Decolonise Fest Supports Supersonic Line Up: In Conversation With Stephanie Phillips

Writer Jasmine Khan / Photographer Jack James

Decolonise Fest, a collective of London based “activists, militant community organisers, musicians and artists”, debuted outside of their home city at Supersonic Festival this year. Curating a variety of talks and artists, the organisation, who have been showcasing POC punk since 2017, were brought on board to give a voice to communities of colour who make big sounds.

Although the majority of the audience for their talk with Jasmine Ketibuah-Foley on Saturday 9 July are black and Asian, it’s nice to see several white people tune into how a genre flooded with whiteness can make space for the voices of POC punks and alternative artists.

I’m a bit late, but I find a steel chair just about in earshot of the small stage in The Market Place in the The Mill. There’s a white man playing with pedals in the back and I can’t help but roll my eyes at the irony.

Jasmine starts off by asking the panel which consists of Stephanie Phillips (Big Joanie), Marcus Macdonald (Decolonise Fest Founder) and Alex Ekong, about their current experiences with the space that is available to POC punks in alternative, creative scenes and what needs to be done to improve it.

Stephanie answers, first noting: “In the media there’s a lot more focus put on people who book gigs.” Alex Ekong adds, “Do your research, put in the elbow grease. I feel like people are looking in the wrong places, in all the generic spots.”

Jasmine gets more specific: “Do you see definitive positive changes and what does that look like?” she asks.

Stephanie comments that there “have been positive changes” but goes on to say “it’s about the long-term. Most of the festivals I’ve been to have been pretty white, middle class. Glastonbury was shockingly diverse.”

Marcus Macdonald answers “yes and no” and that companies need to “employ people long term. Don’t just invite them as guests.” Alex pauses before replying, “I’m more optimistic than I have been in a long time” but he warns against the objectification and appropriation of POC music, art, and culture:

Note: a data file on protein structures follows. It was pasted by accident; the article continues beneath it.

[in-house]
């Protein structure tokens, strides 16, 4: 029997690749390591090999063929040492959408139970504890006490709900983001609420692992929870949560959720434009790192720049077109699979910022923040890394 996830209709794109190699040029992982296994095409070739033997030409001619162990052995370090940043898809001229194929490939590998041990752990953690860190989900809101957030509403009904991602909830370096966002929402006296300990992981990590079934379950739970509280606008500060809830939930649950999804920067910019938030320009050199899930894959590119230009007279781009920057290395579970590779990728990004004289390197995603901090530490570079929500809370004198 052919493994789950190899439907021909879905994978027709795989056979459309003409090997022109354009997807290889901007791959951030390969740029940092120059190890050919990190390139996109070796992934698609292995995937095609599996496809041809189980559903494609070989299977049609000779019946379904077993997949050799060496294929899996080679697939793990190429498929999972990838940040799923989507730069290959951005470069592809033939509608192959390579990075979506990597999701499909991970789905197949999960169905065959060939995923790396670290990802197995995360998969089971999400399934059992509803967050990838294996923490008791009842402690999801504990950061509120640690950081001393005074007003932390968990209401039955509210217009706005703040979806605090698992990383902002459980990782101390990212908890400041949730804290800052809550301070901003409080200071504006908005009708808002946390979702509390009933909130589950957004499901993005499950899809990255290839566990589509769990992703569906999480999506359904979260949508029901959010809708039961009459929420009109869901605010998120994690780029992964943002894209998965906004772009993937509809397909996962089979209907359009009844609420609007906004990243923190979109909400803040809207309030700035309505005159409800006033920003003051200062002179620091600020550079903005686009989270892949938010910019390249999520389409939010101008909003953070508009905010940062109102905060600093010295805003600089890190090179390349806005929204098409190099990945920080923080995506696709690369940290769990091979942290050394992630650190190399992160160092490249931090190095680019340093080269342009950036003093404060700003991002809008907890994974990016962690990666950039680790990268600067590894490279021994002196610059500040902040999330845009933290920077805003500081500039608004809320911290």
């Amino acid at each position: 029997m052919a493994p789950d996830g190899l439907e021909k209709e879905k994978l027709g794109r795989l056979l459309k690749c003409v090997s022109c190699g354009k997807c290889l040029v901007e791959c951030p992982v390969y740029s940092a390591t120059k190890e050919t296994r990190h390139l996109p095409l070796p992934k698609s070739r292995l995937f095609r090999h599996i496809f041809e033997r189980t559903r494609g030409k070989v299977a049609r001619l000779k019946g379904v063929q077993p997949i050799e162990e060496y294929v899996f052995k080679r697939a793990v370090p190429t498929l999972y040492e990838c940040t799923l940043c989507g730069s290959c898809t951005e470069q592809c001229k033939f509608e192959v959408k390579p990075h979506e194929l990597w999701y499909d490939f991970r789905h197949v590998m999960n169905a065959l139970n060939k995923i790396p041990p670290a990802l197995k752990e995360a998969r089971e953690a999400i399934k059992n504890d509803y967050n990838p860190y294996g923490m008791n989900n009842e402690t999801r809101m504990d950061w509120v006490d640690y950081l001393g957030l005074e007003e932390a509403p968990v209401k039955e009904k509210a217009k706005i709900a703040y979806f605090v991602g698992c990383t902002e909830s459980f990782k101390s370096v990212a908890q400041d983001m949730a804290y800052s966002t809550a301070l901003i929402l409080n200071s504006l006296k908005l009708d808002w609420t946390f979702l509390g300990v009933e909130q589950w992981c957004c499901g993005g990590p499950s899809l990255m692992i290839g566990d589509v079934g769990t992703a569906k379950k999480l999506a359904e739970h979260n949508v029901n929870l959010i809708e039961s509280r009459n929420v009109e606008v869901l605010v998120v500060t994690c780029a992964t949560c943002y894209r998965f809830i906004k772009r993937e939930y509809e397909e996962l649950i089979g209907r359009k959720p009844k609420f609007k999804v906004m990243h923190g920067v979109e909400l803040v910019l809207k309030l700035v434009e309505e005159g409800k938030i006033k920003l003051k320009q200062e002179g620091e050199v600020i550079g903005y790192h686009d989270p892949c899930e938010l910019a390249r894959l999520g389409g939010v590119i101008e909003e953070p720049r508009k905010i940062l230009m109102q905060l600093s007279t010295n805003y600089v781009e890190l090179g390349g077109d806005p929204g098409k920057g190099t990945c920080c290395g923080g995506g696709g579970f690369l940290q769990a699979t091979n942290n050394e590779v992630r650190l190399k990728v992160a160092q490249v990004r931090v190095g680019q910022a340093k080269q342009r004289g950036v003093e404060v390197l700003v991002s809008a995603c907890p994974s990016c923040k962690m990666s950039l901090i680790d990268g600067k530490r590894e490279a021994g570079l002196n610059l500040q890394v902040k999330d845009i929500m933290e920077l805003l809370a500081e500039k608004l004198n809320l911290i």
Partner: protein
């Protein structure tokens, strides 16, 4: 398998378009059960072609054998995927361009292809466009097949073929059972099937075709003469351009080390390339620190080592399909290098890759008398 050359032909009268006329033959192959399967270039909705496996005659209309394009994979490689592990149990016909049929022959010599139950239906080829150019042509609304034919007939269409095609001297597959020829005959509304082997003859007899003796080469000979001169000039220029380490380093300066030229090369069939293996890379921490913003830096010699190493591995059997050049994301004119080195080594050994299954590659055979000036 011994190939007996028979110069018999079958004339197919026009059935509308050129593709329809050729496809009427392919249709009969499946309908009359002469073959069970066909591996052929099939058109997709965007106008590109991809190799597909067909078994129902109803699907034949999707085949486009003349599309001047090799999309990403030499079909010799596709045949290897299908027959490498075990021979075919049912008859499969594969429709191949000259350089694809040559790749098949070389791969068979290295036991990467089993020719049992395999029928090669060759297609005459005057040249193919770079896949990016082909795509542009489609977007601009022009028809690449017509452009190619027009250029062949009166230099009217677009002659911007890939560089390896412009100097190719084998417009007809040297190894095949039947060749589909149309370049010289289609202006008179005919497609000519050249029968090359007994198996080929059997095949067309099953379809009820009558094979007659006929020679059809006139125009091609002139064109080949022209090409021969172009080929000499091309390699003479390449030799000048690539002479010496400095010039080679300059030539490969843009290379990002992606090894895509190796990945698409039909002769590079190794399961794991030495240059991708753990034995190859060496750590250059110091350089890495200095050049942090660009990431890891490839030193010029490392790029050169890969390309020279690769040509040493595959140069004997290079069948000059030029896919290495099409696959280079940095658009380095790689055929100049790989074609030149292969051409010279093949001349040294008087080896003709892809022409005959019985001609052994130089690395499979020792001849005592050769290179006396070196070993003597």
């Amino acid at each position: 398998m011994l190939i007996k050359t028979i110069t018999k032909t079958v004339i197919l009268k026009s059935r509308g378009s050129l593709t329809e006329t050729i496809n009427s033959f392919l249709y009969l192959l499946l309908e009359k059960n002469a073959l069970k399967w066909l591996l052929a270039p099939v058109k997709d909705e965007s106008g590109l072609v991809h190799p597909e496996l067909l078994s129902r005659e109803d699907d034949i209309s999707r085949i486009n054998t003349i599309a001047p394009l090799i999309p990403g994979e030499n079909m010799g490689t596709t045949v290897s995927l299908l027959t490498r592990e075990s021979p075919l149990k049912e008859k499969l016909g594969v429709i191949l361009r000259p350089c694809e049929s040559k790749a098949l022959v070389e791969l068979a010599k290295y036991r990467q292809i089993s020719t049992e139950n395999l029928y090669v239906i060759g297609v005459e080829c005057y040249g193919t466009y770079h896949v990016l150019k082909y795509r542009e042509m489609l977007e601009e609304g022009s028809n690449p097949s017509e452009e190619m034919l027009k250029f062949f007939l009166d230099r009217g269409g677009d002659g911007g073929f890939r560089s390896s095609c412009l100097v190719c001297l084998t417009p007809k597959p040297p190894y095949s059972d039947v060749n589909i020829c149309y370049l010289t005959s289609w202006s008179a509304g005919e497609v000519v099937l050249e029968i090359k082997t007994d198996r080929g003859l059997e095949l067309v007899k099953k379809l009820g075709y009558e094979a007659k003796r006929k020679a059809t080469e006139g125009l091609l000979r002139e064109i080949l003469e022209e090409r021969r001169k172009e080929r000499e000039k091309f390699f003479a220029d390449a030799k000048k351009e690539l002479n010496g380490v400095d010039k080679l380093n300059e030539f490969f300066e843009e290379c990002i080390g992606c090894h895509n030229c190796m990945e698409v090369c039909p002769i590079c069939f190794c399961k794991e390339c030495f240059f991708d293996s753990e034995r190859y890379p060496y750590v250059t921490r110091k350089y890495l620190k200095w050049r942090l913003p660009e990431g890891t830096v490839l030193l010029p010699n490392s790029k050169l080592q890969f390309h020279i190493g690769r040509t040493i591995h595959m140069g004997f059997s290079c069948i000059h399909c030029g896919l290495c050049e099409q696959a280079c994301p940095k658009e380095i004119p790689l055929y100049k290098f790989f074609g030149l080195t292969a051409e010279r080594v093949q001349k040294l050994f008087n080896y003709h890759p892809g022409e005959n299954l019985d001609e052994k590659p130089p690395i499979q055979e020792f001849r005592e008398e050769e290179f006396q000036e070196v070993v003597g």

“We’re not a fetish for woke teens.”

Marcus adds: “a lot of the issues are with the labels, generally people at the top of those labels are old white men. They’re ivory towers that are hard to crack”.

The last question I get a chance to catch is perhaps the most important one. “What can we do to support bands that aren’t being heard?”

The panel is quick to respond.

Stephanie lists several practical ways to support POC artists, regardless of their genre: “Go to their shows. Buy their Records. Keep doing this – booking bands of colour, queer bands, we want to see more of that.”

Marcus jumps in, sincerely explaining “records save our life on the road.”

After the talk, I feel better prepared to take in the artists Decolonise has brought with them to Birmingham.

First up at The Mill is Rachel Aggs. They’ve just started to develop a solo set and it’s got more melody than anything I’ve had a chance to listen to over the weekend. I feel like the description of post-punk doesn’t quite capture the sound. The delicate skill with which Aggs switches between guitar, keys, and violin, layered on top of a drum machine, emotively moving through phases of sound, singing all the while.

Right at the end they leave the mic and come to the front of the stage, Aggs’ stripped back vocals projecting into the far corners of the venue.

It’s beautiful and sincere.

Whiteland’s replaces Nekra in Delcolonise’s line-up. They’ve got a much heavier sound than Aggs with clear rock influence and an angsty emo edge. It’s a bit nostalgic for me initially. But once the band settles in, it feels like the sound diversifies and the instrumentals become more drawn out and textured. Staring at the relentless pedal changes employed by the guitarist and bassist, I realise the set has developed into a shoegaze set.

The final moments of Whiteland’s last minute are punctuated by cascading symbols, big drums, and hearty applause.

Afterwards, still at The Mill, is Zimbabwe-born and Ireland-raised PRNCSS, a synth-punk artist currently based in London. The first thing I notice about PRNCSS is her look: blue snakeskin-esc, flares and f*ck off black boots, a multi-coloured top and a pale blue beanie with her blonde dreads.